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Book Review: Taken at the Flood by Agatha Christie

Drew Payne



At the height of the Second World War, millionaire Gordon Cloade marries the beautiful young widow Rosaleen Underhay. Two days after they arrive in London, Gordon Cloade’s home is bombed, killing all the inhabitants except for Rosaleen Cloade and her brother David.

In 1946, Rosaleen Cloade has settled in the village of Warmsley Vale, where her late husband’s home is and she is surrounded by his relatives who all lost out on their inheritances when Gordon married her. Then a man turns up in the village who may or may not be Rosaleen Cloade’s first husband, who was supposed to have died. This reminds Hercule Poirot of a story he heard, in his club at the height of the Blitz, told by an old soldier.

This Christie novel is set very firmly during the Second World War and in the immediate post-war Britain, and she uses those very changing times to the advantage of her story. The nightmare of the Blitz kills all the members of one household, in one night, save for two people. But it is post-war Britain, were most of this novel is set, which is a very different and changing world, and Christie captures that world, were so much of the old order has been swept away. All of the characters have been affected and changed by the war, whether they fought in it or not. There are people here who have lost all their money in the war, but being upper-class, they cannot manage poverty. A couple whose son died in the war. A woman who married her husband to protect her father, and now her husband isn’t the man he was. And the young lovers changed by the war. He stayed at home, tended his farm and stayed the same. She went to war, serving in the WRENs, saw the world and has returned to a little village that is too small for her now.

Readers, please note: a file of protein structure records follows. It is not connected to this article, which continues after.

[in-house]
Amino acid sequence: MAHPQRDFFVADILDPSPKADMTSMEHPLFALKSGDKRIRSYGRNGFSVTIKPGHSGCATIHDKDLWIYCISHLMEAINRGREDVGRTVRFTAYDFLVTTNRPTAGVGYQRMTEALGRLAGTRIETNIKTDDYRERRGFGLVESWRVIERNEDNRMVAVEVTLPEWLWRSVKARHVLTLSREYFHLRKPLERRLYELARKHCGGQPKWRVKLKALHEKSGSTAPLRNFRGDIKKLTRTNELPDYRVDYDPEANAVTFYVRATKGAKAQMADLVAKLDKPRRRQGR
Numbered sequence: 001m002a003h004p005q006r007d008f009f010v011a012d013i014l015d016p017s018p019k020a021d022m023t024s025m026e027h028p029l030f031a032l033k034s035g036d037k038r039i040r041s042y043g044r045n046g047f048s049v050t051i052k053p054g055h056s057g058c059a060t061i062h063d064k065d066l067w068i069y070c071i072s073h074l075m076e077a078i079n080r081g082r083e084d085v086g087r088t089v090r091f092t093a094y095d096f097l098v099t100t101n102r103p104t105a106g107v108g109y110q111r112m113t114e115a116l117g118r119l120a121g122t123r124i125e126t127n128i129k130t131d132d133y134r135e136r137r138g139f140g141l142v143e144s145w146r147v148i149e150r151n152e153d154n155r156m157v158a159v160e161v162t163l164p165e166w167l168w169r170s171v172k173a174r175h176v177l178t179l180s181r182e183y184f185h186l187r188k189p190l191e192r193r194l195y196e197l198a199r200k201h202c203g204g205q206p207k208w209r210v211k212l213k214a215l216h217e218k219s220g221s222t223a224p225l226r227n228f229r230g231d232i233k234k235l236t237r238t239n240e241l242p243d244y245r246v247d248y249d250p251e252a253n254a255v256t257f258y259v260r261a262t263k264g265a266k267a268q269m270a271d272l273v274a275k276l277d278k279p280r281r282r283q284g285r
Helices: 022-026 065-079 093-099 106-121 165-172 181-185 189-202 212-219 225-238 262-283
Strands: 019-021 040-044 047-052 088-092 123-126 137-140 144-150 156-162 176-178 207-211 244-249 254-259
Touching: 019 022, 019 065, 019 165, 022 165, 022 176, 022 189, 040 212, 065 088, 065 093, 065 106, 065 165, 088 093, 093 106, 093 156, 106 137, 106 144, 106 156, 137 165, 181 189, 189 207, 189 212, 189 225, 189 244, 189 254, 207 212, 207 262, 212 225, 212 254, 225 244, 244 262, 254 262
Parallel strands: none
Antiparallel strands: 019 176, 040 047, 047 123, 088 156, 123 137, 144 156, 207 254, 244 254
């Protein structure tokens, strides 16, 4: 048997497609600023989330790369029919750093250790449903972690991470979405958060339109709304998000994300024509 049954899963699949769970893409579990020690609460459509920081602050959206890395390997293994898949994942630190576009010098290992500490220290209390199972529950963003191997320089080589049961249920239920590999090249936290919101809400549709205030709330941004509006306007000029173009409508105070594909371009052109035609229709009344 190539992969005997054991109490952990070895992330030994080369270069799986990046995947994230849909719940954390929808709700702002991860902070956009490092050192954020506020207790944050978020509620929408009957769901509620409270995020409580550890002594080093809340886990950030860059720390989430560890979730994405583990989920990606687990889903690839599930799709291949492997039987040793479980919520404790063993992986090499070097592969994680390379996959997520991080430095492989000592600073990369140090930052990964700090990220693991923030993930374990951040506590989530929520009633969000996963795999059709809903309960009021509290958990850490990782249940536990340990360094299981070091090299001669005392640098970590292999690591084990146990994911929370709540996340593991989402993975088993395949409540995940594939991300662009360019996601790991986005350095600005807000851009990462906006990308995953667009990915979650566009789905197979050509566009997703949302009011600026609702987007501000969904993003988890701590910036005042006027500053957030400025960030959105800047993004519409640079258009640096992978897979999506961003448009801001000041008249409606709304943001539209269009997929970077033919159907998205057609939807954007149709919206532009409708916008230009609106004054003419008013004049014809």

Amongst these characters, Christie weaves one of her twisting plots, this giving a handful of surprises, and even the murders are not what they appear to be. She especially takes advantage of her setting, a world turned upside-down, were even a small English village is full of new people, people who have to be taken at face value.

Christie takes her time with this plot, taking her time to introduce and set up her characters before her plot rolls into action, and this is all for the better. She takes her time setting up her characters and their situation, so when the plot starts the reader is involved with these people, but these aren’t the most likeable of people, these are people pathetic in their situations.

The plot is classic Christie, there’s more than a few surprises here for Poirot to uncover, with a rather messy ending. Unfortunately, this novel does creek with some attitudes of its day. The worse is when a woman only realises a man truly loves her when he loses his temper and tries to kill her. For her usual understanding of people, this felt very uncomfortable.

That said, this is a classic and engaging Christie novel, and one with a title as engaging as the book.


Find it here on Amazon

Edited by Drew Payne

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